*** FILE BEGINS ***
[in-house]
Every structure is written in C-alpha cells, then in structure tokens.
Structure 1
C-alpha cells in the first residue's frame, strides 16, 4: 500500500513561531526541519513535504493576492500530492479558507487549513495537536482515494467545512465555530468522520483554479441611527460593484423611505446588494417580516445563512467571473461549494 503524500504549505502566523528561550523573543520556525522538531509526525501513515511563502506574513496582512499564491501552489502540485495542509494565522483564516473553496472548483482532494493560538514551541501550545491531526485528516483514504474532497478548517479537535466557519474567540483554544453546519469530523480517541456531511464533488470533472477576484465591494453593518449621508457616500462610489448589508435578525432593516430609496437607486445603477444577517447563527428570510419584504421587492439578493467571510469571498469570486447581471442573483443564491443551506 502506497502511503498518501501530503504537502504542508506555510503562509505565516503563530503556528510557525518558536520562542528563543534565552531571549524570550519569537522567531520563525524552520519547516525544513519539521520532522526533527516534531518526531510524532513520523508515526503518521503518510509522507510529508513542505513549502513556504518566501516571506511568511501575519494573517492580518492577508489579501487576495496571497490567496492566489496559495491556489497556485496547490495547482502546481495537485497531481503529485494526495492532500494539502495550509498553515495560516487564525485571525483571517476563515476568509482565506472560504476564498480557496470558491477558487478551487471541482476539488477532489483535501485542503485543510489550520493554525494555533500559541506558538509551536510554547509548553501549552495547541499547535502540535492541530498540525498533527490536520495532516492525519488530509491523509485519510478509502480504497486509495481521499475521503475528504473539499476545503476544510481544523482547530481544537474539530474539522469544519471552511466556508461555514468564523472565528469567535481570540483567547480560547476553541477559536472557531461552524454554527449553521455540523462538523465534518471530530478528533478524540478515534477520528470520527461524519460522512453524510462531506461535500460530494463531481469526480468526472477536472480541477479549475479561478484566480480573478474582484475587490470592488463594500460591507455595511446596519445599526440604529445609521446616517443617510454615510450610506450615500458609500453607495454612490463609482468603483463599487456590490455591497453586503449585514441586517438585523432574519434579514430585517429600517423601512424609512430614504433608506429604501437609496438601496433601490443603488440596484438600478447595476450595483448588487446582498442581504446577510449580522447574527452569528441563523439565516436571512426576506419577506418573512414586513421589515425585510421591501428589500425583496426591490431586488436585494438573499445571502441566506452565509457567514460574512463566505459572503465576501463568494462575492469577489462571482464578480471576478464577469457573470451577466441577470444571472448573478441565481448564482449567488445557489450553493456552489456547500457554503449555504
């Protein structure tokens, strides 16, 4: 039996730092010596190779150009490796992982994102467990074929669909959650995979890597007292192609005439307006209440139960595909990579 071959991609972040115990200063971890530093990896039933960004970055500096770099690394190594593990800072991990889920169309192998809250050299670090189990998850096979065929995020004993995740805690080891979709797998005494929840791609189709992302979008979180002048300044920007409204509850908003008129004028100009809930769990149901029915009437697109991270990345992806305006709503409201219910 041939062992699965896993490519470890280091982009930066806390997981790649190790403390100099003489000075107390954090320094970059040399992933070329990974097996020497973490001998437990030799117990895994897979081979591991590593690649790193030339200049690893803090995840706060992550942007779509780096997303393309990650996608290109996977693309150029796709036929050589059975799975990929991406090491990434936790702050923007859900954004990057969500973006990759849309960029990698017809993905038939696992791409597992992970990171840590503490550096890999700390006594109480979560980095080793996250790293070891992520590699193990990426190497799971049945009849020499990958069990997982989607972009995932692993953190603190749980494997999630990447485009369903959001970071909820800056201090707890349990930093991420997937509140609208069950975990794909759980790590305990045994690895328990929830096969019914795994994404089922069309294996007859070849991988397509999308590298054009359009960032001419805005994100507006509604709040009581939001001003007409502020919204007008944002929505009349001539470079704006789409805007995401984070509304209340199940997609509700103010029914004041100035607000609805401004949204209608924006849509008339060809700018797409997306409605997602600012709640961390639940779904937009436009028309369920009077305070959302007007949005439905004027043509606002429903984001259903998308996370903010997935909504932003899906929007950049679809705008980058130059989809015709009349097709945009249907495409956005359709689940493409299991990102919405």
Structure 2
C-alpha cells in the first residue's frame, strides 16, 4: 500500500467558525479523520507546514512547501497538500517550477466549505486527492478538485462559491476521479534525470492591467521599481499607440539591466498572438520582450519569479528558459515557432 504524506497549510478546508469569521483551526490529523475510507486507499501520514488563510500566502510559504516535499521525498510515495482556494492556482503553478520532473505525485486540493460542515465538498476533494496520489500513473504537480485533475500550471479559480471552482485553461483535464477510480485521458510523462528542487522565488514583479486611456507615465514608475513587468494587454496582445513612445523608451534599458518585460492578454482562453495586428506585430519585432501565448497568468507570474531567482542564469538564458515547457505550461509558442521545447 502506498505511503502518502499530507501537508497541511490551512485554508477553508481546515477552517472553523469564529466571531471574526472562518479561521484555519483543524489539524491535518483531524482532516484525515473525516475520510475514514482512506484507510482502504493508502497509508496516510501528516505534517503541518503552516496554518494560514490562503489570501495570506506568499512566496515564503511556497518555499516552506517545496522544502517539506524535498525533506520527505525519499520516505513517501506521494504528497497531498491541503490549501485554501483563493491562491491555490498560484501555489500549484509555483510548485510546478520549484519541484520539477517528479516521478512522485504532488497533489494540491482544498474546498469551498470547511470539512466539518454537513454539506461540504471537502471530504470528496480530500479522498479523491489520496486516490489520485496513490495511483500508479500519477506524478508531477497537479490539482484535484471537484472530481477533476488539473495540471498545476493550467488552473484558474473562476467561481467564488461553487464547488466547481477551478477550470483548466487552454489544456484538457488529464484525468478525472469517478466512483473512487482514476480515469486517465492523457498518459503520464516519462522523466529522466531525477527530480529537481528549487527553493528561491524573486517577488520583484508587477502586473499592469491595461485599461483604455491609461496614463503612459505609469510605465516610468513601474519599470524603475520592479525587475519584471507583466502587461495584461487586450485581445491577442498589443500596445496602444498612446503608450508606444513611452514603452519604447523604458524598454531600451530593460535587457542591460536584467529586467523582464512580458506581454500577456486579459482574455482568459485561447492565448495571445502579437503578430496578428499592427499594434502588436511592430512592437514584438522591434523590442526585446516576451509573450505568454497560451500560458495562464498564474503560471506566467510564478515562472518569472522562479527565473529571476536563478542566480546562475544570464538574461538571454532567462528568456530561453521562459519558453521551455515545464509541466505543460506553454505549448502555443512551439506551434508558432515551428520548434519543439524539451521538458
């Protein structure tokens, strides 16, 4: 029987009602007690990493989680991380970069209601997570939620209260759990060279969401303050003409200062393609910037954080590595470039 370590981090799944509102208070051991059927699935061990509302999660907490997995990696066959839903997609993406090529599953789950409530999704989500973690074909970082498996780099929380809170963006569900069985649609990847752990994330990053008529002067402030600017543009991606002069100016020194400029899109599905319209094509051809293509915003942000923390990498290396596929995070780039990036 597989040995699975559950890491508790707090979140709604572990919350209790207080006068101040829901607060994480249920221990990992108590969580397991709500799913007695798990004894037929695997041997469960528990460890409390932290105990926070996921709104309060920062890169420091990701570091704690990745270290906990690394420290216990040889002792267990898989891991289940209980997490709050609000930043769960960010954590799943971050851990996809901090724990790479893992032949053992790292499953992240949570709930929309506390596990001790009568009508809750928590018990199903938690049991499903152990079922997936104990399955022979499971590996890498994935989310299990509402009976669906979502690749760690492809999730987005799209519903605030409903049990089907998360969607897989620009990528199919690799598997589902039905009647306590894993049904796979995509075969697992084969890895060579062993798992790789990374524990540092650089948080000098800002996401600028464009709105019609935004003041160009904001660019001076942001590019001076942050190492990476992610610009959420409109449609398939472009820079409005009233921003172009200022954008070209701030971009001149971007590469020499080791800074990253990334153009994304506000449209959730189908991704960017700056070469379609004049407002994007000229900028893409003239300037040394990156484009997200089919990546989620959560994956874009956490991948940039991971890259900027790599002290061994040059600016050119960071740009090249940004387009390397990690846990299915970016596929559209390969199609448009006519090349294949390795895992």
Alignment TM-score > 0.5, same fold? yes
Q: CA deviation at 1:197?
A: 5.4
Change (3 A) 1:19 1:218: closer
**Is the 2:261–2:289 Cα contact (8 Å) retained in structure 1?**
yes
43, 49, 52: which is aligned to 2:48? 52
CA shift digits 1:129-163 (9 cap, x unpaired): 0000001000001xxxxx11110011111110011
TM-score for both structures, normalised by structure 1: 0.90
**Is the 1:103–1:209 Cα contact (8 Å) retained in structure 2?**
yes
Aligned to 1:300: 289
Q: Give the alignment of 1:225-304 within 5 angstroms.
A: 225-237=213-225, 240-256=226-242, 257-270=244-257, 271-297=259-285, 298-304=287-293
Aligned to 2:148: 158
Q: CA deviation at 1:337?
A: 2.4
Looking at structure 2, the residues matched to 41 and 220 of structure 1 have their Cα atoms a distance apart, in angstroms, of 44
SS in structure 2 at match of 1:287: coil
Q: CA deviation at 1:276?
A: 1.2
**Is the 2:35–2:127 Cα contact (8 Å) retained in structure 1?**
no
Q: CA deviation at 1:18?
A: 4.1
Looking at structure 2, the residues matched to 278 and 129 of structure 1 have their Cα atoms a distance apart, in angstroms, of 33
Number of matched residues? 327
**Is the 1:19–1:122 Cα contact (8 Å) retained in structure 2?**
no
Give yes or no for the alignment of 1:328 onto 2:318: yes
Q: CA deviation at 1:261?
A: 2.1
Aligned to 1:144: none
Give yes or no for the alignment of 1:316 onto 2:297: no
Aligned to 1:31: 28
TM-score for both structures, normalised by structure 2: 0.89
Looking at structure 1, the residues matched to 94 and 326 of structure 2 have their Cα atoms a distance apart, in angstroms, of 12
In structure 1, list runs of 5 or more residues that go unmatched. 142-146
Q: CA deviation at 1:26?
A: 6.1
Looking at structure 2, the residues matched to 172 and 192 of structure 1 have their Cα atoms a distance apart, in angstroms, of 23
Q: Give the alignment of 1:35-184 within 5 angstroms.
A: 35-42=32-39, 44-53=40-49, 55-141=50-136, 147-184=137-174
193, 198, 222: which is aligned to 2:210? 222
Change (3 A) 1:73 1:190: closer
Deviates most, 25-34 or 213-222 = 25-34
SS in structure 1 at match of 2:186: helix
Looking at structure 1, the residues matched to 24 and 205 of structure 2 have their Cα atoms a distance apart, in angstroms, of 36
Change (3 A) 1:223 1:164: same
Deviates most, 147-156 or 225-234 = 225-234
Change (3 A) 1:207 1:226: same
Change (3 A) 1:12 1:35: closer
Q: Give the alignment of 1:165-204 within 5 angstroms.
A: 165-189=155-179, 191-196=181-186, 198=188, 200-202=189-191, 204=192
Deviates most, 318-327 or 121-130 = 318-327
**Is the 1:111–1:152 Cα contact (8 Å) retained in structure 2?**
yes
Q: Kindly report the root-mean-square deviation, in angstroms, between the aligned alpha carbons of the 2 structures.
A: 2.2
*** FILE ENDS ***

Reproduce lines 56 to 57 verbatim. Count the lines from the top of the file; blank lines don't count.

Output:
Looking at structure 1, the residues matched to 24 and 205 of structure 2 have their Cα atoms a distance apart, in angstroms, of 36
Change (3 A) 1:223 1:164: same